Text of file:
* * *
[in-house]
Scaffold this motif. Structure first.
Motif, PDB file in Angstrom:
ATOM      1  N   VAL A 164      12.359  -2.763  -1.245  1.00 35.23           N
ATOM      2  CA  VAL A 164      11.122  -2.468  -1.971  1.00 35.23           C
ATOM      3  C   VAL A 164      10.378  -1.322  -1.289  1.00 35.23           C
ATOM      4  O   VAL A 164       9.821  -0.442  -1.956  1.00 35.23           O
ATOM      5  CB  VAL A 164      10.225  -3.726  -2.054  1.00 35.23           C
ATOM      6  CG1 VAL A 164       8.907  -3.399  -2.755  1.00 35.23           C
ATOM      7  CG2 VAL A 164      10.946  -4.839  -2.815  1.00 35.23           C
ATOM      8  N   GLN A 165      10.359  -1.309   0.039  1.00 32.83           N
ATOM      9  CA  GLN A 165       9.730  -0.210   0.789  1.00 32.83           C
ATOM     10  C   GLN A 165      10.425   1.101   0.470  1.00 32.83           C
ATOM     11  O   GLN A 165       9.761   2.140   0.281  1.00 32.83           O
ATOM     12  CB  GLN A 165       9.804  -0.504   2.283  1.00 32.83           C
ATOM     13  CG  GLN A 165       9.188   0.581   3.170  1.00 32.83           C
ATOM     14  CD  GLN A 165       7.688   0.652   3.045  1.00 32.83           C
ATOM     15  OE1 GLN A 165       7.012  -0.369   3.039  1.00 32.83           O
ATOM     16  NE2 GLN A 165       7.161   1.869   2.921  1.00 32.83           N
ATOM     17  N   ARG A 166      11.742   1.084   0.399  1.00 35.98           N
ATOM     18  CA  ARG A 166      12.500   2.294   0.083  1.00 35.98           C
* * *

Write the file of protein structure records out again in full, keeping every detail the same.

[in-house]
Scaffold this motif. Structure first.
Motif, PDB file in Angstrom:
ATOM      1  N   VAL A 164      12.359  -2.763  -1.245  1.00 35.23           N
ATOM      2  CA  VAL A 164      11.122  -2.468  -1.971  1.00 35.23           C
ATOM      3  C   VAL A 164      10.378  -1.322  -1.289  1.00 35.23           C
ATOM      4  O   VAL A 164       9.821  -0.442  -1.956  1.00 35.23           O
ATOM      5  CB  VAL A 164      10.225  -3.726  -2.054  1.00 35.23           C
ATOM      6  CG1 VAL A 164       8.907  -3.399  -2.755  1.00 35.23           C
ATOM      7  CG2 VAL A 164      10.946  -4.839  -2.815  1.00 35.23           C
ATOM      8  N   GLN A 165      10.359  -1.309   0.039  1.00 32.83           N
ATOM      9  CA  GLN A 165       9.730  -0.210   0.789  1.00 32.83           C
ATOM     10  C   GLN A 165      10.425   1.101   0.470  1.00 32.83           C
ATOM     11  O   GLN A 165       9.761   2.140   0.281  1.00 32.83           O
ATOM     12  CB  GLN A 165       9.804  -0.504   2.283  1.00 32.83           C
ATOM     13  CG  GLN A 165       9.188   0.581   3.170  1.00 32.83           C
ATOM     14  CD  GLN A 165       7.688   0.652   3.045  1.00 32.83           C
ATOM     15  OE1 GLN A 165       7.012  -0.369   3.039  1.00 32.83           O
ATOM     16  NE2 GLN A 165       7.161   1.869   2.921  1.00 32.83           N
ATOM     17  N   ARG A 166      11.742   1.084   0.399  1.00 35.98           N
ATOM     18  CA  ARG A 166      12.500   2.294   0.083  1.00 35.98           C